With the release of Internet Explorer 10, Microsoft made a radical departure from the way previous browser artifacts were stored. The perennial Index.dat records were replaced with a centralized meta-data store for the browser using the proven “JET Blue” Extensible Storage Engine (ESE) database format. While many forensic examiners have remained blissfully unaware of the ESE format, it has been increasingly used throughout Microsoft products for Exchange, NTDS.DIT, the Windows search database, Windows Live Messenger contacts, and Internet Explorer (IE). With the introduction of an enterprise-grade database hosting network artifacts, it is now time for every Windows investigator to understand how the database works and what data they may be missing. Remember that even if a user never opens Internet Explorer, there may still be valuable records in their IE database including files opened on the local system, network shares, and removable devices. It may also hold evidence of malicious activity including HTTP connections initiated on behalf of malware or suspicious sites visited via links clicked in email clients. Internet Explorer and its supporting libraries are deeply tied to the Windows operating system and WinINet API functions often interact with IE databases. Thus IE history, and the WebCache database in particular, continues to be a rich data source during many forensic examinations. Continue Reading…
Archives For Browser Forensics
It has been over six months since Edward Snowden’s unprecedented NSA leaks, and we are still a long way from being able to assess the damage. Worldwide trust in United States tech companies has undoubtedly been shaken. Cisco Systems blamed a ten percent revenue drop on fallout from the leaks. Microsoft is offering the ability for foreign customers to have their data stored outside of the United States. And Silicon Valley stalwarts from Apple to Google to Yahoo have spent considerable resources defending themselves as each new embarrassing revelation becomes public. The trickle-down effect of this is even touching the small niche of digital forensics. Personal privacy has been central to the Snowden debate, and users today are more educated than ever about how their information is stored and transmitted. Web services companies are taking notice, and we have already seen some very useful artifacts disappear. I expect the trend to continue and would like to share a few examples.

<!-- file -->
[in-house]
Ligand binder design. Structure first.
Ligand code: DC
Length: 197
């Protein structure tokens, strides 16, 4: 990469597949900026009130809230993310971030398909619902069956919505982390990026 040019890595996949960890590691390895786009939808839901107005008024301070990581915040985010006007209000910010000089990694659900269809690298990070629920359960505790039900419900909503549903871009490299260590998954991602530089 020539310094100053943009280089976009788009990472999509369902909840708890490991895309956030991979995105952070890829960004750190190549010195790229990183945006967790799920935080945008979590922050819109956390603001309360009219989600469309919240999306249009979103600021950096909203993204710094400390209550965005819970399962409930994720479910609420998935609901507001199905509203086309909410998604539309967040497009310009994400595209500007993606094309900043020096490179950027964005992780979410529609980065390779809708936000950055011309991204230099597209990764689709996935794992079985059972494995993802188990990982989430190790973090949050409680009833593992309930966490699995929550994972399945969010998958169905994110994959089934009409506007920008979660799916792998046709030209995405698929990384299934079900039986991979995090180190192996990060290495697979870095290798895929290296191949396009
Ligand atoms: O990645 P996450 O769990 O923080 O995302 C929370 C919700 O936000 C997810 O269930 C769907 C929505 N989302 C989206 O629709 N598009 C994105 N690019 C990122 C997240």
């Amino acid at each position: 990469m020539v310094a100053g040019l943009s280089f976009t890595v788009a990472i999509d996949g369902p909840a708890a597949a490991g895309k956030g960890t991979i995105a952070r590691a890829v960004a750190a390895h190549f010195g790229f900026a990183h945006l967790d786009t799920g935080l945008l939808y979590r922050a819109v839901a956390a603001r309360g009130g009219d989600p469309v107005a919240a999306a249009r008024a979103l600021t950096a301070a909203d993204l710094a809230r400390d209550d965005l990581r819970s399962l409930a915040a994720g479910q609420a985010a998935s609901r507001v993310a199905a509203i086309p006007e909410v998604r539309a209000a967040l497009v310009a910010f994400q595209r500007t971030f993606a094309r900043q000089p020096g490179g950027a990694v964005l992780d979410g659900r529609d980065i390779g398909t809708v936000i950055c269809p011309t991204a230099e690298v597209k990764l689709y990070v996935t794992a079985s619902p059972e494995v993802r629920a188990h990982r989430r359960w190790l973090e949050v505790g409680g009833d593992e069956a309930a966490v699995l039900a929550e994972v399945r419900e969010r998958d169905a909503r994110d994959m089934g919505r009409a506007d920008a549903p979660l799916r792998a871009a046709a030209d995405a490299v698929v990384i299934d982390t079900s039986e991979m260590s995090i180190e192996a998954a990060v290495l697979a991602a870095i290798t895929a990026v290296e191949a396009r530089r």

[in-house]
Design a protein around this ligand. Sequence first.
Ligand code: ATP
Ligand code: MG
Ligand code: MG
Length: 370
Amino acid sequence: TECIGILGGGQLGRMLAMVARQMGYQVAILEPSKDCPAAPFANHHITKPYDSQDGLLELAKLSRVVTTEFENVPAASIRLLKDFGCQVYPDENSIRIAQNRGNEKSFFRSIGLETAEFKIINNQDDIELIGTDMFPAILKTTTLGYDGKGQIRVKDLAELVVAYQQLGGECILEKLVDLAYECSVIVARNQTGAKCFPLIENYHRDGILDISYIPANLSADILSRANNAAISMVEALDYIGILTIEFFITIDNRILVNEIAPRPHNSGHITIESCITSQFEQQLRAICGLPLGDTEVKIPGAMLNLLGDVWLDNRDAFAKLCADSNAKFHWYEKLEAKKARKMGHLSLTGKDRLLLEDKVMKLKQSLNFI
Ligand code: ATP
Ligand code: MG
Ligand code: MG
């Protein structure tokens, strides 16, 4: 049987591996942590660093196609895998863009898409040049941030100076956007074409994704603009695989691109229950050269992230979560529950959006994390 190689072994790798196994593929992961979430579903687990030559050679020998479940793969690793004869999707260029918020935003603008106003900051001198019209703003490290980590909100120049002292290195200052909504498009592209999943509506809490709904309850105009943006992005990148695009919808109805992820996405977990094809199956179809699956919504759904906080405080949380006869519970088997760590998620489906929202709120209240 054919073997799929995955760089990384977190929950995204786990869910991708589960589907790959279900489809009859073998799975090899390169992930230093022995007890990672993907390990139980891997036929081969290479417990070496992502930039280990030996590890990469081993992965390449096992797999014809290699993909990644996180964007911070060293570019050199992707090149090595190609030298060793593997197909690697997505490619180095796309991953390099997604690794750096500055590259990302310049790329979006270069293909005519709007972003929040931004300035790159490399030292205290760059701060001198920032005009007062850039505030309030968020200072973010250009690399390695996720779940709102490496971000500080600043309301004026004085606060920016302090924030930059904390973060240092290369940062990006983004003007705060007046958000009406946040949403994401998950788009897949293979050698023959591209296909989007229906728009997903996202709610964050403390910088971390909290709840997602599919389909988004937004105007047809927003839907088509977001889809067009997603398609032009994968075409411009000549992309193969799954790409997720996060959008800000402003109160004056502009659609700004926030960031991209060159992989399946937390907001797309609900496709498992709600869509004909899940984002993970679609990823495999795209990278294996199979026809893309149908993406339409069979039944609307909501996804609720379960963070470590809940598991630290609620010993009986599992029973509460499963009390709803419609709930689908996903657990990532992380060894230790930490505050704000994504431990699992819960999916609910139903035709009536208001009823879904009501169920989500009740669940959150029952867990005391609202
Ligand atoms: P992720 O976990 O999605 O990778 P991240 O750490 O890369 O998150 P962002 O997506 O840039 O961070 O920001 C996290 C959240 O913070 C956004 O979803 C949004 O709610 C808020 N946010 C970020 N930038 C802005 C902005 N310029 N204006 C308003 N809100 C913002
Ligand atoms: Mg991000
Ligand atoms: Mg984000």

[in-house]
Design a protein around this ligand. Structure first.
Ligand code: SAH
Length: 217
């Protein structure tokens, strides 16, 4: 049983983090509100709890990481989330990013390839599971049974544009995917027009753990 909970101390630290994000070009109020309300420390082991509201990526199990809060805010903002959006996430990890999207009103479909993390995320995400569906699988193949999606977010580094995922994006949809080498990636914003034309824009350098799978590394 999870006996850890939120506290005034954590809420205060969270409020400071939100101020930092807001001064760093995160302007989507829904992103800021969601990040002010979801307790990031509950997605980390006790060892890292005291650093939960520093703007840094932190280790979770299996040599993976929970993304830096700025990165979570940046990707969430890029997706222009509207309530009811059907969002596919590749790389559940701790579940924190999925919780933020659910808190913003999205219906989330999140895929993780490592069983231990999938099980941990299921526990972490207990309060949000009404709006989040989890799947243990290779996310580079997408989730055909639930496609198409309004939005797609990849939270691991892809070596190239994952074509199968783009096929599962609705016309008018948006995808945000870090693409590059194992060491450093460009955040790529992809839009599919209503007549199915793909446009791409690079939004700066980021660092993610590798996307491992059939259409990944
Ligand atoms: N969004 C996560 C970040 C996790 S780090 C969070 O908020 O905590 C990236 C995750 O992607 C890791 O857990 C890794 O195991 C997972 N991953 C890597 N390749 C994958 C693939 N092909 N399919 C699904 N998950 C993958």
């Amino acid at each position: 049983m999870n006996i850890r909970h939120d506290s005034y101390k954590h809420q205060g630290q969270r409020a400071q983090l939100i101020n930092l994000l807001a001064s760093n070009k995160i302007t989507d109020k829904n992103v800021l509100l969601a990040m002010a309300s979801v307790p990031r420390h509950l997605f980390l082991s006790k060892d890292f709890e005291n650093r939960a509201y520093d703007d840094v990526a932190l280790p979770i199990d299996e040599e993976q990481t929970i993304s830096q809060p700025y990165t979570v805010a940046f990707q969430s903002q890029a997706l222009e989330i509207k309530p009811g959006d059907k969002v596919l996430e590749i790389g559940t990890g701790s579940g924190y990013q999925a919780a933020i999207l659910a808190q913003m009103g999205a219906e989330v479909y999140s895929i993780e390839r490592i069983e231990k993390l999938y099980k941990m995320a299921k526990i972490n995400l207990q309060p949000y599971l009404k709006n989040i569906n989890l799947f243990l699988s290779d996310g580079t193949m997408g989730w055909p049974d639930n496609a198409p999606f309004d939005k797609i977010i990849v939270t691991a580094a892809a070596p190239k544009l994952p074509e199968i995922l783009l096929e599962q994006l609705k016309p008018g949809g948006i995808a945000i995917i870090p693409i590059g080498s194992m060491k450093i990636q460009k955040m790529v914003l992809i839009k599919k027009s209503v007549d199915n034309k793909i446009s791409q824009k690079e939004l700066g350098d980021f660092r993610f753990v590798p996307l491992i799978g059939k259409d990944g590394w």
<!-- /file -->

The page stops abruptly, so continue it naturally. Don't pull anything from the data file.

On October 1, 2013, version 30 of Google Chrome was released. Absent in this release was one of the most unique browser artifacts available: History Index files. Prior to version 30, Chrome not only stored browser history, cache and cookies but also recorded a full text index of each visited page. Since page content can change, this was a wonderful forensic artifact for proving what existed on a given page when a user viewed it. Chrome version 30 not only stopped recording this information, it also deleted any existing History Index files from the user’s profile.
While doing some browser forensics research, I stumbled upon a Chrome extension named Collusion for Chrome. This extension provides a visual representation of the tracking information shared with third party sites during web browsing . While the notion of browser tracking is hardly surprising these days, Collusion provides some of the most compelling evidence I have seen for the “Do Not Track” movement.
As an example, the image above shows my browser activity during a brief period. I selected a specific node corresponding to Wired.com and you can see the vast number of external connections a visit to Wired spawns. Information about the various contacted sites can be identified using the following key:
- Blue nodes: Sites previously visited by the user
- Gray nodes: Third party sites receiving browser data (never visited by user)
- Red nodes: Known aggregators of tracking information (the slash indicates the site was blocked by Collusion)